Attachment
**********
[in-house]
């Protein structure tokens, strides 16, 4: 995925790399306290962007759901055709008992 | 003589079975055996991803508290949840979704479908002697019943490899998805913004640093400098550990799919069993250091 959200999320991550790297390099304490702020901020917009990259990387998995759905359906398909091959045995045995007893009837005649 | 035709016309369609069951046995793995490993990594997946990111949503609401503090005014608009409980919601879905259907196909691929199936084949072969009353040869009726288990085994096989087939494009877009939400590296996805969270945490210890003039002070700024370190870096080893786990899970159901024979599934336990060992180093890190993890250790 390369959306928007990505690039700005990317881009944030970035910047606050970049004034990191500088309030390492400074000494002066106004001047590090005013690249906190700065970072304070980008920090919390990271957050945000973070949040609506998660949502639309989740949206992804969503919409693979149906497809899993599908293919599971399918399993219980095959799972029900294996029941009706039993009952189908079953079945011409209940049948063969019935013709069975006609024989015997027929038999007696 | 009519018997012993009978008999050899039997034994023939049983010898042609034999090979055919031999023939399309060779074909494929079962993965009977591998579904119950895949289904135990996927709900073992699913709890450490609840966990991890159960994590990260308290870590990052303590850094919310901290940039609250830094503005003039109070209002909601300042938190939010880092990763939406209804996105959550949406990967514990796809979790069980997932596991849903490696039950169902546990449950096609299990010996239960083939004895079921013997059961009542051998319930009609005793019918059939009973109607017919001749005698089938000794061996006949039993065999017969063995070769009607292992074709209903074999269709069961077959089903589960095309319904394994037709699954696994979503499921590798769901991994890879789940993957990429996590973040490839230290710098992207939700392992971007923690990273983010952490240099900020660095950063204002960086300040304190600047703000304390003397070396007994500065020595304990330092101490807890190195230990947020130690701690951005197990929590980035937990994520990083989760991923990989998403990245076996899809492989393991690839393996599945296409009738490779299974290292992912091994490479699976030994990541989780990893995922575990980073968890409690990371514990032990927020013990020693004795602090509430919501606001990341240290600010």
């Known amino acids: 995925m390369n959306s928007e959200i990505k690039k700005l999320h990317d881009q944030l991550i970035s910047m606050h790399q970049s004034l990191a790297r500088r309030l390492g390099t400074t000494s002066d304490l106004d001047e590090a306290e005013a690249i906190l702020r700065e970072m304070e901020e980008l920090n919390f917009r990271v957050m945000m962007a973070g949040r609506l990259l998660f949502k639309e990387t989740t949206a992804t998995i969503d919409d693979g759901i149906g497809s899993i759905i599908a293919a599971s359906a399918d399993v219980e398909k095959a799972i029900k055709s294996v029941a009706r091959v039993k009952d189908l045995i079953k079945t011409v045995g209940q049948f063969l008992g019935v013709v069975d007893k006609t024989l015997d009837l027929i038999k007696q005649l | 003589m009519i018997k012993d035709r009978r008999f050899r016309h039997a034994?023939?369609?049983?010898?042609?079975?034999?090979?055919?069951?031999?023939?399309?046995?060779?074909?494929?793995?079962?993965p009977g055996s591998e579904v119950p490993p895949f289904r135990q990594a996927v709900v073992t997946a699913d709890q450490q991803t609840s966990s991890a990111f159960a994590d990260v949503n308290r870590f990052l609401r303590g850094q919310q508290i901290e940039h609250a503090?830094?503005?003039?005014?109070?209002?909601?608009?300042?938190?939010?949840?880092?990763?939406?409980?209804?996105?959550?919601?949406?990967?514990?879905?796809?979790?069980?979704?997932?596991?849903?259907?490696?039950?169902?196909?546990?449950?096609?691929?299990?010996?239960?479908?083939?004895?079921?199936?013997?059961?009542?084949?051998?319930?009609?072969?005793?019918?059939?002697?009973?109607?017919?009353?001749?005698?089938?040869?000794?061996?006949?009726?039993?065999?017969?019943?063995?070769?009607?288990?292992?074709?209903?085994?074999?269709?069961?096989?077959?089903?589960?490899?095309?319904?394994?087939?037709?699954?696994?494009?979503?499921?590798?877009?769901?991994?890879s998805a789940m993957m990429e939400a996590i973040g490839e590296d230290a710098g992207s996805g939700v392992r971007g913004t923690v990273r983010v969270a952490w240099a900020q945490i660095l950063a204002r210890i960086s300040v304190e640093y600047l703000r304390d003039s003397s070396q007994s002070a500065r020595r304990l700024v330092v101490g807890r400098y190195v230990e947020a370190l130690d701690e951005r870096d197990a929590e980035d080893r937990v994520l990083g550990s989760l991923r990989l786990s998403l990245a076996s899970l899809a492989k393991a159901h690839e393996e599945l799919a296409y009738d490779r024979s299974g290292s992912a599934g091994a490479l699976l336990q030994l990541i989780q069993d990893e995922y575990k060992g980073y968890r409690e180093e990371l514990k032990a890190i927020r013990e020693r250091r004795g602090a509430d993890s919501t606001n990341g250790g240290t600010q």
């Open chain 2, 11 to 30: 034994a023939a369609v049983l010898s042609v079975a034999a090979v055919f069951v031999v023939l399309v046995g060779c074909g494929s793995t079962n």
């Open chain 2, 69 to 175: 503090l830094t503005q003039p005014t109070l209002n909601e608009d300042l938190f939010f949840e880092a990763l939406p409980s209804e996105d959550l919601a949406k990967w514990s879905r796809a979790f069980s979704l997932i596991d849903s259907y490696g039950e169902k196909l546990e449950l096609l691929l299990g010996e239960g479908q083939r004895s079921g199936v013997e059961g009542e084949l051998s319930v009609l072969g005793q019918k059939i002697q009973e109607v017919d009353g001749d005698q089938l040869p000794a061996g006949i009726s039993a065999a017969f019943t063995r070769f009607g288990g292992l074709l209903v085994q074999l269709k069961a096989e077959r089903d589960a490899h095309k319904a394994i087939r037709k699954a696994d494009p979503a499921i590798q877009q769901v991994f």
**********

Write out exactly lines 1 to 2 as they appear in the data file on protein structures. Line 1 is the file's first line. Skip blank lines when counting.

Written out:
[in-house]
């Protein structure tokens, strides 16, 4: 995925790399306290962007759901055709008992 | 003589079975055996991803508290949840979704479908002697019943490899998805913004640093400098550990799919069993250091 959200999320991550790297390099304490702020901020917009990259990387998995759905359906398909091959045995045995007893009837005649 | 035709016309369609069951046995793995490993990594997946990111949503609401503090005014608009409980919601879905259907196909691929199936084949072969009353040869009726288990085994096989087939494009877009939400590296996805969270945490210890003039002070700024370190870096080893786990899970159901024979599934336990060992180093890190993890250790 390369959306928007990505690039700005990317881009944030970035910047606050970049004034990191500088309030390492400074000494002066106004001047590090005013690249906190700065970072304070980008920090919390990271957050945000973070949040609506998660949502639309989740949206992804969503919409693979149906497809899993599908293919599971399918399993219980095959799972029900294996029941009706039993009952189908079953079945011409209940049948063969019935013709069975006609024989015997027929038999007696 | 009519018997012993009978008999050899039997034994023939049983010898042609034999090979055919031999023939399309060779074909494929079962993965009977591998579904119950895949289904135990996927709900073992699913709890450490609840966990991890159960994590990260308290870590990052303590850094919310901290940039609250830094503005003039109070209002909601300042938190939010880092990763939406209804996105959550949406990967514990796809979790069980997932596991849903490696039950169902546990449950096609299990010996239960083939004895079921013997059961009542051998319930009609005793019918059939009973109607017919001749005698089938000794061996006949039993065999017969063995070769009607292992074709209903074999269709069961077959089903589960095309319904394994037709699954696994979503499921590798769901991994890879789940993957990429996590973040490839230290710098992207939700392992971007923690990273983010952490240099900020660095950063204002960086300040304190600047703000304390003397070396007994500065020595304990330092101490807890190195230990947020130690701690951005197990929590980035937990994520990083989760991923990989998403990245076996899809492989393991690839393996599945296409009738490779299974290292992912091994490479699976030994990541989780990893995922575990980073968890409690990371514990032990927020013990020693004795602090509430919501606001990341240290600010």